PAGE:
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In line with industry’s move towards Industry 4.0, AEL Intelligent Blasting is moving full steam ahead with a digital transformation strategy.

The strategy aimed at enabling mines to leverage electronic blasting products and practices to achieve lower cost production cycles and improved safety.

This article first appeared in Mining Elites in Africa 2020

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As part of its global expansion strategy, AEL has repositioned its overall product and service offering to stay relevant in an industry that is undergoing many changes to meet the demands of today’s mining industry.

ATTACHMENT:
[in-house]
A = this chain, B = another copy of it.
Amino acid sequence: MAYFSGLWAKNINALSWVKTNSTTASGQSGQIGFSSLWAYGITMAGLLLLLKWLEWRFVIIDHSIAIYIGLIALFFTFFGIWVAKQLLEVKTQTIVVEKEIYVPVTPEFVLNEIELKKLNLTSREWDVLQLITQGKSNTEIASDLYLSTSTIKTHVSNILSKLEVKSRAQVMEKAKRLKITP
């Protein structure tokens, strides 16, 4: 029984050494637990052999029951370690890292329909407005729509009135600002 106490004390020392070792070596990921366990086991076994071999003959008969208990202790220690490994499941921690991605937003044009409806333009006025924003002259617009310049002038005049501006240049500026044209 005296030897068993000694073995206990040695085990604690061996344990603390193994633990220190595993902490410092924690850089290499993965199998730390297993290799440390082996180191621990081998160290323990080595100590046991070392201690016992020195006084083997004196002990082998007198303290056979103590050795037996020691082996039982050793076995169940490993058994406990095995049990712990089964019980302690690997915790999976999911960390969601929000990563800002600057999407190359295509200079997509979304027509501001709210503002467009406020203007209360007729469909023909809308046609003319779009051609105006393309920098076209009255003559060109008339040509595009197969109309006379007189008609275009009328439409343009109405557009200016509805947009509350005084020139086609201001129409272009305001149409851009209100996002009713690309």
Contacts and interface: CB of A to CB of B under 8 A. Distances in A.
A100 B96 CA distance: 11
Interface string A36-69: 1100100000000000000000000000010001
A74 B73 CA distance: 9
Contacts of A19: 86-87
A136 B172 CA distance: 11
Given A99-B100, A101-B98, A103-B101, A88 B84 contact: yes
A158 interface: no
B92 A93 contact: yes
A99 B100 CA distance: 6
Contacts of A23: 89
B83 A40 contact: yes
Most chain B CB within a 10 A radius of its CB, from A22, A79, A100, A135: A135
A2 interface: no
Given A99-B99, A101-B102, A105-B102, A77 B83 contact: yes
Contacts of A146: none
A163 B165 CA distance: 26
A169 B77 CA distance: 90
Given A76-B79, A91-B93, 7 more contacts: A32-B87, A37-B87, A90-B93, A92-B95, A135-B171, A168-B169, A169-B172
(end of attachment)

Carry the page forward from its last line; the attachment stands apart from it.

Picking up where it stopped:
AEL has had to adapt its offering to better align with the mining industry’s pursuit to gain further improvements in safety, mining efficiencies and productivity, while reducing costs.

The blasting leader is embracing digital transformation through a variety of projects and offerings.

Adopting digital twin technology

Central to this strategy is the adoption of a digital twin in both its manufacturing and blasting applications. A digital twin, which is a digital replica of a physical entity, enhances proactive decision making, as well as the ability to select and optimise inputs and model various outcomes until the ideal result is identified.

Watch: AEL Intelligent Blasting takes the global world by storm